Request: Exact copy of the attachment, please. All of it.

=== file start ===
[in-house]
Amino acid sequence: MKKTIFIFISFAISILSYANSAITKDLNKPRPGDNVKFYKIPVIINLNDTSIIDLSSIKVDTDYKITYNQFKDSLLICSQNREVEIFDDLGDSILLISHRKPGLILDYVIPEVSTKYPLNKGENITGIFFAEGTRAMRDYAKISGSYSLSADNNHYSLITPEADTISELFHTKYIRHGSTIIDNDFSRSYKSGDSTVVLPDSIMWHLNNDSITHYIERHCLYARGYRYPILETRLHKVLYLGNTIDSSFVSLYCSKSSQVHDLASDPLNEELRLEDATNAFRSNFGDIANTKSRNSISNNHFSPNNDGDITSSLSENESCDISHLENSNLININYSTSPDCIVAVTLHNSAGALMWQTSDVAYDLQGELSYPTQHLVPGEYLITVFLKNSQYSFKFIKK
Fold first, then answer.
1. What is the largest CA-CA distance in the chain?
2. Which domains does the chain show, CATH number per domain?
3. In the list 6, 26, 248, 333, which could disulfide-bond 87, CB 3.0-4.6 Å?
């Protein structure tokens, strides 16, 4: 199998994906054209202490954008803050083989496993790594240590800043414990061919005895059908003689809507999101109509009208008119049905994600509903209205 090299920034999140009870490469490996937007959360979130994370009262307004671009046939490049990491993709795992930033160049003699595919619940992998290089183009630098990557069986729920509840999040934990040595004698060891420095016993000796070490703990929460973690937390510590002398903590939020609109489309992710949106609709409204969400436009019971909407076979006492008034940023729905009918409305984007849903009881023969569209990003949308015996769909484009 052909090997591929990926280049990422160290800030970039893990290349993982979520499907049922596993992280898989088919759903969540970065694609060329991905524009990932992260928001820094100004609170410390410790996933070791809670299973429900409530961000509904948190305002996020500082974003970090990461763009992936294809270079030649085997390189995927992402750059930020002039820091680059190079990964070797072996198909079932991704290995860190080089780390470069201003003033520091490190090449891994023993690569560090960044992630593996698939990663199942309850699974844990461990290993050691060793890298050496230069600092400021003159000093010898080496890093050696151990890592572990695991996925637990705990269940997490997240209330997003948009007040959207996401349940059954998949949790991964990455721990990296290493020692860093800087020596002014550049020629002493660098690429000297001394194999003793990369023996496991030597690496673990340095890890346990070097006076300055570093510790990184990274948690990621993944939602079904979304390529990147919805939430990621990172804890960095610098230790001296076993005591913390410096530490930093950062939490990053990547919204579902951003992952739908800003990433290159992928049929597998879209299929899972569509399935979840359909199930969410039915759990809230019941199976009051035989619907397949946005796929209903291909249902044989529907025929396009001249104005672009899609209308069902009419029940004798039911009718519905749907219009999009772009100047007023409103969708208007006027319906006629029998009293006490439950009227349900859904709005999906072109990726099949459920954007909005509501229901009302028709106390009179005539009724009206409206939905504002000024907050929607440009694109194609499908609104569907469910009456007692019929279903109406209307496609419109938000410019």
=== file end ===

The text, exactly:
[in-house]
Amino acid sequence: MKKTIFIFISFAISILSYANSAITKDLNKPRPGDNVKFYKIPVIINLNDTSIIDLSSIKVDTDYKITYNQFKDSLLICSQNREVEIFDDLGDSILLISHRKPGLILDYVIPEVSTKYPLNKGENITGIFFAEGTRAMRDYAKISGSYSLSADNNHYSLITPEADTISELFHTKYIRHGSTIIDNDFSRSYKSGDSTVVLPDSIMWHLNNDSITHYIERHCLYARGYRYPILETRLHKVLYLGNTIDSSFVSLYCSKSSQVHDLASDPLNEELRLEDATNAFRSNFGDIANTKSRNSISNNHFSPNNDGDITSSLSENESCDISHLENSNLININYSTSPDCIVAVTLHNSAGALMWQTSDVAYDLQGELSYPTQHLVPGEYLITVFLKNSQYSFKFIKK
Fold first, then answer.
1. What is the largest CA-CA distance in the chain?
2. Which domains does the chain show, CATH number per domain?
3. In the list 6, 26, 248, 333, which could disulfide-bond 87, CB 3.0-4.6 Å?
């Protein structure tokens, strides 16, 4: 199998994906054209202490954008803050083989496993790594240590800043414990061919005895059908003689809507999101109509009208008119049905994600509903209205 090299920034999140009870490469490996937007959360979130994370009262307004671009046939490049990491993709795992930033160049003699595919619940992998290089183009630098990557069986729920509840999040934990040595004698060891420095016993000796070490703990929460973690937390510590002398903590939020609109489309992710949106609709409204969400436009019971909407076979006492008034940023729905009918409305984007849903009881023969569209990003949308015996769909484009 052909090997591929990926280049990422160290800030970039893990290349993982979520499907049922596993992280898989088919759903969540970065694609060329991905524009990932992260928001820094100004609170410390410790996933070791809670299973429900409530961000509904948190305002996020500082974003970090990461763009992936294809270079030649085997390189995927992402750059930020002039820091680059190079990964070797072996198909079932991704290995860190080089780390470069201003003033520091490190090449891994023993690569560090960044992630593996698939990663199942309850699974844990461990290993050691060793890298050496230069600092400021003159000093010898080496890093050696151990890592572990695991996925637990705990269940997490997240209330997003948009007040959207996401349940059954998949949790991964990455721990990296290493020692860093800087020596002014550049020629002493660098690429000297001394194999003793990369023996496991030597690496673990340095890890346990070097006076300055570093510790990184990274948690990621993944939602079904979304390529990147919805939430990621990172804890960095610098230790001296076993005591913390410096530490930093950062939490990053990547919204579902951003992952739908800003990433290159992928049929597998879209299929899972569509399935979840359909199930969410039915759990809230019941199976009051035989619907397949946005796929209903291909249902044989529907025929396009001249104005672009899609209308069902009419029940004798039911009718519905749907219009999009772009100047007023409103969708208007006027319906006629029998009293006490439950009227349900859904709005999906072109990726099949459920954007909005509501229901009302028709106390009179005539009724009206409206939905504002000024907050929607440009694109194609499908609104569907469910009456007692019929279903109406209307496609419109938000410019």